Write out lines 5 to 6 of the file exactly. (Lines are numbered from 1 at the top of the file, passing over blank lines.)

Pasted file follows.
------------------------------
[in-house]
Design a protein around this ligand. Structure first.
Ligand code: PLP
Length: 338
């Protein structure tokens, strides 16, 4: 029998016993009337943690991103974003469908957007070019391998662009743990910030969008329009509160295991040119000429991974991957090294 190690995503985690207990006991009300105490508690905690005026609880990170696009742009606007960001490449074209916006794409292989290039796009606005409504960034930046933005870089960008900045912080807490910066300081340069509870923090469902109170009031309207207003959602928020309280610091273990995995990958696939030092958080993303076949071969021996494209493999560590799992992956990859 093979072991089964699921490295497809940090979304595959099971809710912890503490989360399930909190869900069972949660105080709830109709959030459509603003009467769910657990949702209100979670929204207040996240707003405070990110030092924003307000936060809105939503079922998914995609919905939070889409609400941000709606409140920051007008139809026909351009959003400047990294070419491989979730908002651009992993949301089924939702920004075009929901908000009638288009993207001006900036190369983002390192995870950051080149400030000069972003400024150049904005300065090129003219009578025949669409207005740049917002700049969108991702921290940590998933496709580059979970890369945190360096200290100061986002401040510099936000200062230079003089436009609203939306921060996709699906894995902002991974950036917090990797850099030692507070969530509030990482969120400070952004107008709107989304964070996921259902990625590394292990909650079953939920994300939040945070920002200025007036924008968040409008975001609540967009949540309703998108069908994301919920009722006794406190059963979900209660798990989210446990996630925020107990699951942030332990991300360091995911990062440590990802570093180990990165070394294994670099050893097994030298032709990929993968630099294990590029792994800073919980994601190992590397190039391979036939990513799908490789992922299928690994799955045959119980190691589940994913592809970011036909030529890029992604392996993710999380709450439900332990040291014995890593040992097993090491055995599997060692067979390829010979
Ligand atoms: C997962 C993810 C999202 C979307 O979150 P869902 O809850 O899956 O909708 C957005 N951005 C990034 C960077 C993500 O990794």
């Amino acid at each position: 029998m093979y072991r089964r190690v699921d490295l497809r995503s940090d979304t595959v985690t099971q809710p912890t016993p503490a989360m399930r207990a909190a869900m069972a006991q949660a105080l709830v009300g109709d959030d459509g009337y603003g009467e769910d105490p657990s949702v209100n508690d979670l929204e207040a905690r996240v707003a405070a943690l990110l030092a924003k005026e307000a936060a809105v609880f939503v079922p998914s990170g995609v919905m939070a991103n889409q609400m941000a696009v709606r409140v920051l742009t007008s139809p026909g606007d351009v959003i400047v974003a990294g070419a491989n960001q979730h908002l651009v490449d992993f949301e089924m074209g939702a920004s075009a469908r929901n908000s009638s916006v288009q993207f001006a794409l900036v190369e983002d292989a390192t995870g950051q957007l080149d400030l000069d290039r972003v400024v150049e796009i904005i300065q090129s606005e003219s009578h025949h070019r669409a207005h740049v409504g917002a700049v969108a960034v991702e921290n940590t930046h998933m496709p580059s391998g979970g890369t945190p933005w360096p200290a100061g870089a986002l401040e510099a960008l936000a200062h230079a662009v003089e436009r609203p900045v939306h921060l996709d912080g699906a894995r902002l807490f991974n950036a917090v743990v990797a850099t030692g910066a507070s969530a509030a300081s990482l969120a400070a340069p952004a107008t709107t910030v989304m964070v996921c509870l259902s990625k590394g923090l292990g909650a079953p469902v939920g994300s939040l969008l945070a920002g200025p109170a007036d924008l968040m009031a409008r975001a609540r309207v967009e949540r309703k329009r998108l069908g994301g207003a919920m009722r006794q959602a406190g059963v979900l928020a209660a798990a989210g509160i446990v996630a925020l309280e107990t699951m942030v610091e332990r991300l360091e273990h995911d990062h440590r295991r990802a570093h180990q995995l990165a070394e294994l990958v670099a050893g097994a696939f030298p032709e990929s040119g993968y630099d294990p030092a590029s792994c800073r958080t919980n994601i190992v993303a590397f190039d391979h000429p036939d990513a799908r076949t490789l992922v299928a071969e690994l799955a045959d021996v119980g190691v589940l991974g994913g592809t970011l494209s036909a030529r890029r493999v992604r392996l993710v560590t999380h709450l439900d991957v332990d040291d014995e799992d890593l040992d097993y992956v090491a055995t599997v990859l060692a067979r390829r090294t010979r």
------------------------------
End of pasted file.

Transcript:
């Protein structure tokens, strides 16, 4: 029998016993009337943690991103974003469908957007070019391998662009743990910030969008329009509160295991040119000429991974991957090294 190690995503985690207990006991009300105490508690905690005026609880990170696009742009606007960001490449074209916006794409292989290039796009606005409504960034930046933005870089960008900045912080807490910066300081340069509870923090469902109170009031309207207003959602928020309280610091273990995995990958696939030092958080993303076949071969021996494209493999560590799992992956990859 093979072991089964699921490295497809940090979304595959099971809710912890503490989360399930909190869900069972949660105080709830109709959030459509603003009467769910657990949702209100979670929204207040996240707003405070990110030092924003307000936060809105939503079922998914995609919905939070889409609400941000709606409140920051007008139809026909351009959003400047990294070419491989979730908002651009992993949301089924939702920004075009929901908000009638288009993207001006900036190369983002390192995870950051080149400030000069972003400024150049904005300065090129003219009578025949669409207005740049917002700049969108991702921290940590998933496709580059979970890369945190360096200290100061986002401040510099936000200062230079003089436009609203939306921060996709699906894995902002991974950036917090990797850099030692507070969530509030990482969120400070952004107008709107989304964070996921259902990625590394292990909650079953939920994300939040945070920002200025007036924008968040409008975001609540967009949540309703998108069908994301919920009722006794406190059963979900209660798990989210446990996630925020107990699951942030332990991300360091995911990062440590990802570093180990990165070394294994670099050893097994030298032709990929993968630099294990590029792994800073919980994601190992590397190039391979036939990513799908490789992922299928690994799955045959119980190691589940994913592809970011036909030529890029992604392996993710999380709450439900332990040291014995890593040992097993090491055995599997060692067979390829010979
Ligand atoms: C997962 C993810 C999202 C979307 O979150 P869902 O809850 O899956 O909708 C957005 N951005 C990034 C960077 C993500 O990794």